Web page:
Lopez said she wants Indio to once again be considered the hub of the Coachella Valley.

“We have so much potential, and we’re still growing,” she said. “On the other side of the freeway, I just found out we’re getting a Sonic and some other new places to shop and eat. The hope is to make sure we have a council member who will reinvest back into our community. We do pay taxes, and we’d like to see some of that money come back in infrastructure or attracting new places to shop and eat in downtown Indio—becoming the hub of the valley again.”

Gutierrez also said the city does not capitalize enough on the ‘City of Festivals’ label.

“There are some blinders on us,” he said. “We’re known for Coachella, but we don’t really expand on that. We’re just the site for Coachella. … We can’t rely on one-time events where people come, hang out and then leave, and probably never come back. We need a continuous inclusion of all age groups, ethnicities and everything.”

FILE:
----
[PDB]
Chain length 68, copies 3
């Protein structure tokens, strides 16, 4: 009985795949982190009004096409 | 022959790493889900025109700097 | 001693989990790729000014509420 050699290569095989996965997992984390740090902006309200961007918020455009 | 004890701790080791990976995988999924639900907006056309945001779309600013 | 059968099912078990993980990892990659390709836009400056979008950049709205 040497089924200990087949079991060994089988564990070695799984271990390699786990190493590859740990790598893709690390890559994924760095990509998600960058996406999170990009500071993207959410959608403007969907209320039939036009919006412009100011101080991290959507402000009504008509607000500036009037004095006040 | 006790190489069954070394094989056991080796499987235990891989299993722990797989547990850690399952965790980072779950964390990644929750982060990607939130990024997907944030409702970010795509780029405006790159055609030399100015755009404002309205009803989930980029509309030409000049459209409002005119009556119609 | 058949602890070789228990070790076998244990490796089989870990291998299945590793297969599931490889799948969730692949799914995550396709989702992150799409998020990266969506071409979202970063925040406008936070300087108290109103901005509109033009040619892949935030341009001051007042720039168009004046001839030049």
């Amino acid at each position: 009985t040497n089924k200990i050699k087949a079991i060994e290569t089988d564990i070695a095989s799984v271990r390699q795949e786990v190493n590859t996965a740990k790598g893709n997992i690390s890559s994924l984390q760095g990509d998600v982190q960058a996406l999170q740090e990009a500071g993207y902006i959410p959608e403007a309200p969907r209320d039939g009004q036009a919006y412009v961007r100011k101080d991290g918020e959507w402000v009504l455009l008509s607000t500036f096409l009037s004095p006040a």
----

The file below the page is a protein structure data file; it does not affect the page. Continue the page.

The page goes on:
As for the identity of Indio, Miller (right) feels it has a lot to offer culturally.

“It’s the ‘City of Festivals’ and the city of culture. The city also has a bright future,” he said. “I think people see that in our rich history and being the largest city, but … multiple art developments and art pieces are going up throughout the city by world renowned artists who want to be part of the city of Indio and its culture.”

Watson said that she feels the city’s identity as the “City of Festivals” ties everything together.

“We’ve always celebrated our culture through the festivals,” she said. “It’s a community of celebration; Indio is full of hard-working individuals who work through our seasons to fulfill every need of their families, and when it’s time to celebrate, it’s done through our festivals. That is … a hard working community that understands that we need to work hard and work together to build a community that meets our needs.”

Published in Politics